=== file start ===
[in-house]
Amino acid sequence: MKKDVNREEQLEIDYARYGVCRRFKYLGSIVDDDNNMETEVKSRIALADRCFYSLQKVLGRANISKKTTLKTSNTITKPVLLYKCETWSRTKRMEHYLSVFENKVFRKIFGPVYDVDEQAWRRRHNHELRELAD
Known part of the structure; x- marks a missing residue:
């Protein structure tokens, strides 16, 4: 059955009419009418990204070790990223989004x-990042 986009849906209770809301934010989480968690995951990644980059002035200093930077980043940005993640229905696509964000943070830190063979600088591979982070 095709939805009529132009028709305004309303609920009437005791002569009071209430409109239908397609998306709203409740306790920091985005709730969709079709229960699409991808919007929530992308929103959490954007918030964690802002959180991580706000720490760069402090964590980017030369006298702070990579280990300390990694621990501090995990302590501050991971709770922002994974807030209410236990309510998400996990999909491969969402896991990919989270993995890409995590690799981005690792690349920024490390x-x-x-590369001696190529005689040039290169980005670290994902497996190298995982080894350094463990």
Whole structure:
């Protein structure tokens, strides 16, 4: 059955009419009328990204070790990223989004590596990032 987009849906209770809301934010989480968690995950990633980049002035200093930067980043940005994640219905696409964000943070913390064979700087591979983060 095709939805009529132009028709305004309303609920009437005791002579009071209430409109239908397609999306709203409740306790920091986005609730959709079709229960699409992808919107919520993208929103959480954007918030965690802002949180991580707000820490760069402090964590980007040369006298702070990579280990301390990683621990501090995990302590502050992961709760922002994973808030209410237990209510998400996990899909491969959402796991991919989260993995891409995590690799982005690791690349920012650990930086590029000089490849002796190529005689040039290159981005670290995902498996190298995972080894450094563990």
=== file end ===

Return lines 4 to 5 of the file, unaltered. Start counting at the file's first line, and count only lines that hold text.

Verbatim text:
């Protein structure tokens, strides 16, 4: 059955009419009418990204070790990223989004x-990042 986009849906209770809301934010989480968690995951990644980059002035200093930077980043940005993640229905696509964000943070830190063979600088591979982070 095709939805009529132009028709305004309303609920009437005791002569009071209430409109239908397609998306709203409740306790920091985005709730969709079709229960699409991808919007929530992308929103959490954007918030964690802002959180991580706000720490760069402090964590980017030369006298702070990579280990300390990694621990501090995990302590501050991971709770922002994974807030209410236990309510998400996990999909491969969402896991990919989270993995890409995590690799981005690792690349920024490390x-x-x-590369001696190529005689040039290169980005670290994902497996190298995982080894350094463990």
Whole structure: